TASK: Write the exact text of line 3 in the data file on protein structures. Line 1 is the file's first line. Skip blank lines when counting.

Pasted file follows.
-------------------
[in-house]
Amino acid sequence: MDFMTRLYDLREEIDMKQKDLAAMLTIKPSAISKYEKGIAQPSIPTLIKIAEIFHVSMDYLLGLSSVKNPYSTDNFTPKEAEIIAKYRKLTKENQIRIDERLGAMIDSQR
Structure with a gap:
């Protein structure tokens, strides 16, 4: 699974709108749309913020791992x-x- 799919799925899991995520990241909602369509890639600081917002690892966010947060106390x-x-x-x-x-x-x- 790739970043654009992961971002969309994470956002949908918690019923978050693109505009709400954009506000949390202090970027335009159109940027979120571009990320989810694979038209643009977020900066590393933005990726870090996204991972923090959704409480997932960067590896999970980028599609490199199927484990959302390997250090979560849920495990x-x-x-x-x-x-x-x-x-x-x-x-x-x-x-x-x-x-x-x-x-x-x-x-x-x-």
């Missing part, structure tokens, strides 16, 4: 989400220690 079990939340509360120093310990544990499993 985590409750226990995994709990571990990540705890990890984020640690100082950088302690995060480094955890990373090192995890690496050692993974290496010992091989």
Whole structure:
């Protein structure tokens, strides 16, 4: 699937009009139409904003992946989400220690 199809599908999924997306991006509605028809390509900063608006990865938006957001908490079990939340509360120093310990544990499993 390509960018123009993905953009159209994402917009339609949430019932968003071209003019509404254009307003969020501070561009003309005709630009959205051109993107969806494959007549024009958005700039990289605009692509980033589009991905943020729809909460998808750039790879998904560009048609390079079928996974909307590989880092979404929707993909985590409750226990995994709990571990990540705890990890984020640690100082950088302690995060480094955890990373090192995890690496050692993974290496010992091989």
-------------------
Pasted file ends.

Structure with a gap: